Monday, May 30, 2011

The Alphabet by Anna Leybourne

Next in the series of adult-friendly videos for children is this video of the English Alphabet by Anna Leybourne. This video was created as part of an Animation project work.



Some of these videos work as good kitchen timer alternatives*

 (*recommended on experience only)

Sunday, May 29, 2011

Mandelmorph Numbers

Perhaps the most interesting and irritating thing about watching videos with kids is how much they insist on repetition. Until every sound and every visual has been utterly enjoyed and absorbed, the child will persist. What a remarkable quality, or combination of qualities, that is. Curiosity and Perseverance.

Among the many videos of nursery rhymes that we view on a daily basis, I toss in some other ones that catch my fancy. One of our mutual favourites is the video below called Mandelmorph numbers:



This video has grown on me so much that I can conjure it easily in complete silence!

Monday, May 16, 2011

Tere Liye....


I am totally smitten by this Atif Aslam tune ever since I heard it a few months back. At the outset, it might not catch you as a great song; in many ways it has typical cheesy lyrics, not particularly extraordinary music but I can’t get over the second stanza  - it’s perfection. 


It’s almost built by the interlude before for a lovely high pitched rendition of the female singer (  bheegi bheegi raatoen mein…) which again gets repeated later ( bikri tere …). Lovely mixture of perfect vocals and beats.  In my listening history this is one of the songs dominated by great female vocals (Male vocals are distinct but has become somewhat signature Atif Aslam). May be good Asian music sounds like this in 20th century?



Friday, April 1, 2011

Glenn Gould

Glenn Gould
photo sourced from Roger Ebert's review of
32 Short Films About Glenn Gould
Unusual Pianist - Pianist par excellence - Special Chair - Favourite Rug - Solitary Genius - Changed Classical Music Forever - Twentieth Century's Best Pianist - Sudden Death - Eccentric Life

When one tries to look up details on Glenn Gould one often finds a combination of the keywords above. When one reads the lives of several geniuses it starts to seem like 'eccentric' is the equivalent of 'normal' in geniusspeak.

So who was Glenn Gould? Some people have tried to explore this question through books and movies:

Genius Within: The Inner Life of Glenn Gould

Thirty Two Short Films About Glenn Gould

The Music Itself: Glenn Gould's Contrapuntal Vision *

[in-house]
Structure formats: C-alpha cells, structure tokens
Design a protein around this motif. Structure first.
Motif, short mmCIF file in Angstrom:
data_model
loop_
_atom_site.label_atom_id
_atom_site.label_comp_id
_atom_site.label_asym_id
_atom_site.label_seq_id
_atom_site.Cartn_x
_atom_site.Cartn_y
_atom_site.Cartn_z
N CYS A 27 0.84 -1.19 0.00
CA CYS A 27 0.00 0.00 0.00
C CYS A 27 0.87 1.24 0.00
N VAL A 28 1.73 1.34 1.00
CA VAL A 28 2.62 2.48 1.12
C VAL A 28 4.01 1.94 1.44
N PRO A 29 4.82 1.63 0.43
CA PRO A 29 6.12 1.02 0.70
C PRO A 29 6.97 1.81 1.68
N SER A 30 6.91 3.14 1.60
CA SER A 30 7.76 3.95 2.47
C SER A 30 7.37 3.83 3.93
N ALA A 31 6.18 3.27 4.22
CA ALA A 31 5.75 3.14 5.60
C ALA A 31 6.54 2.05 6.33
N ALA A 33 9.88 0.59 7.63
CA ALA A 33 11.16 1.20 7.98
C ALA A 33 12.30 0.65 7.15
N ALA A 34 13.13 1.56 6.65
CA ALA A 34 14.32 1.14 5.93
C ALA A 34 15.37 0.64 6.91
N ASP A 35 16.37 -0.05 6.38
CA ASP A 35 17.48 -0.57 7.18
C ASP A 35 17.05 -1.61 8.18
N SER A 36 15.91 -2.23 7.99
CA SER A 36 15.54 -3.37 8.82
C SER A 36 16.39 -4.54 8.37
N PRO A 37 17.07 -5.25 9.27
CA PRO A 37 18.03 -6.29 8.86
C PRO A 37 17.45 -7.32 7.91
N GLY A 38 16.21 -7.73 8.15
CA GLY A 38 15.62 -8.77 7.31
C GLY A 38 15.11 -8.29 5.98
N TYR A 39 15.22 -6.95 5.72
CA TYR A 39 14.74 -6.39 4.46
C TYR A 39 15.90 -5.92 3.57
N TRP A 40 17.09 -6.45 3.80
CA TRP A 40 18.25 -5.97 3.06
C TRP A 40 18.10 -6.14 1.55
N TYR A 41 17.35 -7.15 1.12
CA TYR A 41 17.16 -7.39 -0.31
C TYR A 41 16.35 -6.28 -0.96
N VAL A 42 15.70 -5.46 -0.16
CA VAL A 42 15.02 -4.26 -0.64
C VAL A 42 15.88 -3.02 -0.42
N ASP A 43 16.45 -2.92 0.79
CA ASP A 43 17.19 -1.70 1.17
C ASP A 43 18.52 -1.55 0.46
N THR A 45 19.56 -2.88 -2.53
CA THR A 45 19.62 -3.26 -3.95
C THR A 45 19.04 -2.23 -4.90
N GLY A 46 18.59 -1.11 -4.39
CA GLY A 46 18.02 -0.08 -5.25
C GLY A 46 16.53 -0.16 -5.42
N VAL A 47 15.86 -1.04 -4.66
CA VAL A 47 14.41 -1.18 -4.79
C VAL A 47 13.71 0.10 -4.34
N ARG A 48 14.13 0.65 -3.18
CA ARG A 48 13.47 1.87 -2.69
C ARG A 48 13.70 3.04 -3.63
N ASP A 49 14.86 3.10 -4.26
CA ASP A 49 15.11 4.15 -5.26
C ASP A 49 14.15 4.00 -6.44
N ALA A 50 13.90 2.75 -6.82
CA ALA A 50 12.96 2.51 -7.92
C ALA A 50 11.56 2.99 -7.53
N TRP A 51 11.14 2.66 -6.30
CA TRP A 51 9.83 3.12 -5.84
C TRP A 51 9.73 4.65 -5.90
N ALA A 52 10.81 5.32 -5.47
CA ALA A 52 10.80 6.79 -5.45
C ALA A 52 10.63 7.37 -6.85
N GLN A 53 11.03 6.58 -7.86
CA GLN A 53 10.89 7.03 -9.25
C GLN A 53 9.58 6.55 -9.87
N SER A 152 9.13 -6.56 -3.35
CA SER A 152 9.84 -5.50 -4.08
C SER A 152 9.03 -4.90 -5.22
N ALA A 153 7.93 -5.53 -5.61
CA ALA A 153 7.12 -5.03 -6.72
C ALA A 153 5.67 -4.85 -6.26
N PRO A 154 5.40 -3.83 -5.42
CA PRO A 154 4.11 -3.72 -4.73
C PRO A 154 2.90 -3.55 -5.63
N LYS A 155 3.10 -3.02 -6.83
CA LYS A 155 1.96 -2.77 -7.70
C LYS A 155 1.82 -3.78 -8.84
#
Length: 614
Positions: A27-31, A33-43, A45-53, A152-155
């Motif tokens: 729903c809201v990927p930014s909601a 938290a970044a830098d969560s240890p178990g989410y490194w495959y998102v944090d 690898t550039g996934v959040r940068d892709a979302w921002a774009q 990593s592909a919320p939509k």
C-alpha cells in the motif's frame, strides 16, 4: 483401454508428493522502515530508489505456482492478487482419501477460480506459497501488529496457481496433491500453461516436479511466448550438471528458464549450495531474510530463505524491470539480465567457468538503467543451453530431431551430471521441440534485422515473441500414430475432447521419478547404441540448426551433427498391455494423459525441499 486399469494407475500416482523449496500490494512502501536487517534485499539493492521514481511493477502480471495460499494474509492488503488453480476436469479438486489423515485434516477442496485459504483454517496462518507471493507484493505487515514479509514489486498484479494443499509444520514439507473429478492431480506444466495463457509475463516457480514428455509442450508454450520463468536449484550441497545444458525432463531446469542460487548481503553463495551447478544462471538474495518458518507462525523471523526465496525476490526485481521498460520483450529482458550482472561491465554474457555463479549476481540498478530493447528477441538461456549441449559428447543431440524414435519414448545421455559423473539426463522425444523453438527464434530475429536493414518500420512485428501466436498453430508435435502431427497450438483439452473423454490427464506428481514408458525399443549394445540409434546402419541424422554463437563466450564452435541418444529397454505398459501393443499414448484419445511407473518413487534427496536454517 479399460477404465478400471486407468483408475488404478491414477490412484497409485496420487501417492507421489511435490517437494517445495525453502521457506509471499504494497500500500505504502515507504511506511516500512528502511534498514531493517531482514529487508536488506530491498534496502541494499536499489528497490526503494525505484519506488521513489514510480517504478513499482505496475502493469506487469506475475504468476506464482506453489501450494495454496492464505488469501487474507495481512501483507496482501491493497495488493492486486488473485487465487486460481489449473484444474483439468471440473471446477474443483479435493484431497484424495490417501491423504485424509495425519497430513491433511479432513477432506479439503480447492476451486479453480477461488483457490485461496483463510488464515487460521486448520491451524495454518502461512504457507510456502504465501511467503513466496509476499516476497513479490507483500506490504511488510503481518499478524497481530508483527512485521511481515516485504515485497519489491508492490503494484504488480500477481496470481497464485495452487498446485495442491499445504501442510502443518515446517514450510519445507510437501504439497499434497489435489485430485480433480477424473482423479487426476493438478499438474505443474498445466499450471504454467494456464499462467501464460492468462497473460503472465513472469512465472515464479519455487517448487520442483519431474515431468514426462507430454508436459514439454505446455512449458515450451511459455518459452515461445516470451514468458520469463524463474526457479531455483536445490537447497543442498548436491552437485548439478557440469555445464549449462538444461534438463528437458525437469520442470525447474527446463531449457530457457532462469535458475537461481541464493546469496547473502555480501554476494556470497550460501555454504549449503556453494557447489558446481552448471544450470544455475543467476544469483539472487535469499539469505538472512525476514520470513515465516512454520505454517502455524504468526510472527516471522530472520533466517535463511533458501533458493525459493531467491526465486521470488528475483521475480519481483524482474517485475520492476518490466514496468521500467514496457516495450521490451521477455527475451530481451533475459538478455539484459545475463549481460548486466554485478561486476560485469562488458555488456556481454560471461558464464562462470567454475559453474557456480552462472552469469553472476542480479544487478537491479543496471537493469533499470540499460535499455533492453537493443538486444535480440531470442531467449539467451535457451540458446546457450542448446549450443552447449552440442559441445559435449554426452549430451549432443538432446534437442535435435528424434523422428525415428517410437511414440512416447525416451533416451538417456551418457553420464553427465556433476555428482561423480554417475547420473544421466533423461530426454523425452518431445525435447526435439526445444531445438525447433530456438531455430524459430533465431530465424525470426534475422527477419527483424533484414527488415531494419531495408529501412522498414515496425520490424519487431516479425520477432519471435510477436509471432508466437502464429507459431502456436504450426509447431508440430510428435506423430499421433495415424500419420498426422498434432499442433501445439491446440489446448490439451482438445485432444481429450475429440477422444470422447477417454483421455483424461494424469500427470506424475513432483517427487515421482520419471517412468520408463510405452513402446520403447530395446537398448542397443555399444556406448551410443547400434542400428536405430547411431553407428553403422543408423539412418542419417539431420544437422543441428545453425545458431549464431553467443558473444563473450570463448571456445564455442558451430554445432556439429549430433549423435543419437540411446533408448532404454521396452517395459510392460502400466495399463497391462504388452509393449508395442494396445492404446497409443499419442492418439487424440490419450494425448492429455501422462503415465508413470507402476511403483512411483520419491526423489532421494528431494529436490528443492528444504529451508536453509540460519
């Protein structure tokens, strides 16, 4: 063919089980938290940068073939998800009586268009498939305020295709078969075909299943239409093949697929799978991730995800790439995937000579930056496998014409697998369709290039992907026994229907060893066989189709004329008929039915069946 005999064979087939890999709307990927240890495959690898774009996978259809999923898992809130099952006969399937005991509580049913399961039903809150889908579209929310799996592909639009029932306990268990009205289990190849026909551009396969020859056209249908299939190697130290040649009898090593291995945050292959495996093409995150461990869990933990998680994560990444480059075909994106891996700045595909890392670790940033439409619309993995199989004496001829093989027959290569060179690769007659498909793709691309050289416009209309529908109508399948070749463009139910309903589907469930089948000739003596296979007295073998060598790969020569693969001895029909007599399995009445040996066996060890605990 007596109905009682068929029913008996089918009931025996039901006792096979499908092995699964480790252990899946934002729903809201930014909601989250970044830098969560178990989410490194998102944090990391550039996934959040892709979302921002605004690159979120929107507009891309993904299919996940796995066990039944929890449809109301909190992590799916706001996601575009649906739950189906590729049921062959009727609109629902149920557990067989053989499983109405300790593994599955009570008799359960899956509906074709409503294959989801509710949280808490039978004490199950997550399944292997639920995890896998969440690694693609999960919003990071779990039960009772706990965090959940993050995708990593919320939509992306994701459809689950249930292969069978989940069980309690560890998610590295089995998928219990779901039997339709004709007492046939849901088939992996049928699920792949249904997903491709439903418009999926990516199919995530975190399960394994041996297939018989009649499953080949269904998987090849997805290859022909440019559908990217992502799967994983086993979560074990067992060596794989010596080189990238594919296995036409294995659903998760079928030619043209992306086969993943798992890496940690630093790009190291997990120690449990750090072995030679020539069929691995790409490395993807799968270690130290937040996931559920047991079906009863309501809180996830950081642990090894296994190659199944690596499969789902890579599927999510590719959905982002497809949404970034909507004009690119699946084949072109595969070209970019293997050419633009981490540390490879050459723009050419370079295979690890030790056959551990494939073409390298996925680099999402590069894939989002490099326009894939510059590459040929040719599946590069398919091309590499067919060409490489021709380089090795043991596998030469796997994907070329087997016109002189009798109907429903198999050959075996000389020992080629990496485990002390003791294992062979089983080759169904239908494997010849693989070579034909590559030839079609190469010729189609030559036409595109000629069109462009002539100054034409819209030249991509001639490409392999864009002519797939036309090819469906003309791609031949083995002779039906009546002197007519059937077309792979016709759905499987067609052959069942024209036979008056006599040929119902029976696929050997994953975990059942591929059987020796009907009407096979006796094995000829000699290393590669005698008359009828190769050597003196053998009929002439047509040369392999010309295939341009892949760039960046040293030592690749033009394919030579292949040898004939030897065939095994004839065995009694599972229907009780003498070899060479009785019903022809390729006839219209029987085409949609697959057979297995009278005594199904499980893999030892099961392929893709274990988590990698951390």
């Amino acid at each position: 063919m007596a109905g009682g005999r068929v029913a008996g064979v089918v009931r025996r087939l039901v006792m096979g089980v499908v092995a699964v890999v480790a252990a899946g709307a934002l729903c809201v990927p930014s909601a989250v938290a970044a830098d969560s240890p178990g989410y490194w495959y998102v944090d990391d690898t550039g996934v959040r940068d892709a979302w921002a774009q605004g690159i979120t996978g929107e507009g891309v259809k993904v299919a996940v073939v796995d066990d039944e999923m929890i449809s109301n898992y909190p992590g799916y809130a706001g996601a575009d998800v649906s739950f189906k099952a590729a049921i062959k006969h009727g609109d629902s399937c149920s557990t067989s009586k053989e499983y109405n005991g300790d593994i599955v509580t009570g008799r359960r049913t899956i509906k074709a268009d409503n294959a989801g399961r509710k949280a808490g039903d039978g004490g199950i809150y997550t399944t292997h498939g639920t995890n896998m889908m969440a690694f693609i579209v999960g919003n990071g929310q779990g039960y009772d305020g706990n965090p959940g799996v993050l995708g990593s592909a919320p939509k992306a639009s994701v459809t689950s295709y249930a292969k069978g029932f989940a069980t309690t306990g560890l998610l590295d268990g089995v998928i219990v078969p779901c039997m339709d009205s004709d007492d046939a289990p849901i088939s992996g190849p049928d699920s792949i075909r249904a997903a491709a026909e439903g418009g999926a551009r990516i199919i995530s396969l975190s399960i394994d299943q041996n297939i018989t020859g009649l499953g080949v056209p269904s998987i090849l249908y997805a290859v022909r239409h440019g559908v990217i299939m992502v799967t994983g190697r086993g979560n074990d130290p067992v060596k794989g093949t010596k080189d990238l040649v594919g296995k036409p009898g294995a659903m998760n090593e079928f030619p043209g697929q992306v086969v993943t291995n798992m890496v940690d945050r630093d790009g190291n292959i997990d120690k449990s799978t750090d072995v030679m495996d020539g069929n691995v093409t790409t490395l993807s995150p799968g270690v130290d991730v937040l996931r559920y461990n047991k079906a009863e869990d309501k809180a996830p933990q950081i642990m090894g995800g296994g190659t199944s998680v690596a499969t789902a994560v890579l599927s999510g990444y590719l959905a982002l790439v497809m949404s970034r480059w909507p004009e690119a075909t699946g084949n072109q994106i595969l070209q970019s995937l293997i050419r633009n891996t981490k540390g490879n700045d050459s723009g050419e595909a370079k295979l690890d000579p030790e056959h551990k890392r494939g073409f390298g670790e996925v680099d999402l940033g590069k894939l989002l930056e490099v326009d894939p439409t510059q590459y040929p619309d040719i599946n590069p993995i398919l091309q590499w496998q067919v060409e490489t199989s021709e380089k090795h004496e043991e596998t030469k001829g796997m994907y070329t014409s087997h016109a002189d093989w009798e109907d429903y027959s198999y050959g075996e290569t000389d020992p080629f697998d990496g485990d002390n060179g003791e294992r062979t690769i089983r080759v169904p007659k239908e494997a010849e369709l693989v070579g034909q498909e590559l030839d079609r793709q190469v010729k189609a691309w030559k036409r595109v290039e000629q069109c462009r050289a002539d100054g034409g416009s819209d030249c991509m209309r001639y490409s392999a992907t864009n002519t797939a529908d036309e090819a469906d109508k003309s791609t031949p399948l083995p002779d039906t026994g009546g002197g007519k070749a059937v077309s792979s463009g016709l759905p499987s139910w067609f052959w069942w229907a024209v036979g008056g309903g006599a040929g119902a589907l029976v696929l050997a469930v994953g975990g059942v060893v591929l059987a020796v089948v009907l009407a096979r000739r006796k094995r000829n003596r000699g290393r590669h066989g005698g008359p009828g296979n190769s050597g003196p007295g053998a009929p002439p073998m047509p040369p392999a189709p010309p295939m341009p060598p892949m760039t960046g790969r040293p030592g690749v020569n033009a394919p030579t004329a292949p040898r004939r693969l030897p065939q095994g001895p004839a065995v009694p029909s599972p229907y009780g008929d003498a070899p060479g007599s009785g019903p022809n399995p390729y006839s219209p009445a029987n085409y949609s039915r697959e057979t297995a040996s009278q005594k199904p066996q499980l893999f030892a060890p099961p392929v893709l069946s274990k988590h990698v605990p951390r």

Glenn Gould at the Metropolitan Museum *

In the Chair * (Review of Peter Ostwald's Glenn Gould: The Ecstasy and the Tragedy of Genius)

Glenn Gould, the Virtuoso as Intellectual *
There isn't much point here in going over the characteristics that made Gould the extraordinary eccentric that he was: the low bench, his humming, gesticulating, untoward grimacing and conducting as he played, the strange liberties he took with composers like Mozart whom he disliked, and indeed, the odd choice of repertory that would include the Bach that he made uniquely his, plus composers like Bizet, Wagner, Sibelius, Webern, and Richard Strauss, who were not widely known for using the keyboard as their medium. But there is no way of denying that from the moment Gould's recording of the Goldberg Variations appeared, a genuinely new phase in the history of virtuosity began: he lifted the sheer mastery of playing before the public to an elevation, or call it a side-road or deviation, of an unprecedented kind. What made his appearance a more pronouncedly original event was that he had no known precedents in the history of music.

Statue of Glenn Gould
Toronto
photo sourced from Wikipedia

Glenn Gould shot to fame in America (he was Canadian) with his rendering of Bach's Goldberg Variations in 1955. He recorded the Variations again in 1981.

As a listener, it is amazing if you can remember the exact moment when you first heard an artist play and knew that you would become a fan of his for life. Lorrie Moore captures one such moment in her book A Gate at the Stairs when the protagonist Tassie Keltjin listens to Gould the first time:

She put a CD in the car player. "Bach's first French suite. Do you know it?" 
After some clicking and static, it began, stately and sad. "I think so," I said, not sure at all. My friends had already begun to lie, to bluff a sophistication they felt that at the end of the ten second bluff they would authentically possess. But I was not only less inclined this way but less skilled. "Maybe not, though," I added. Then, "Wait, it's ringing a bell."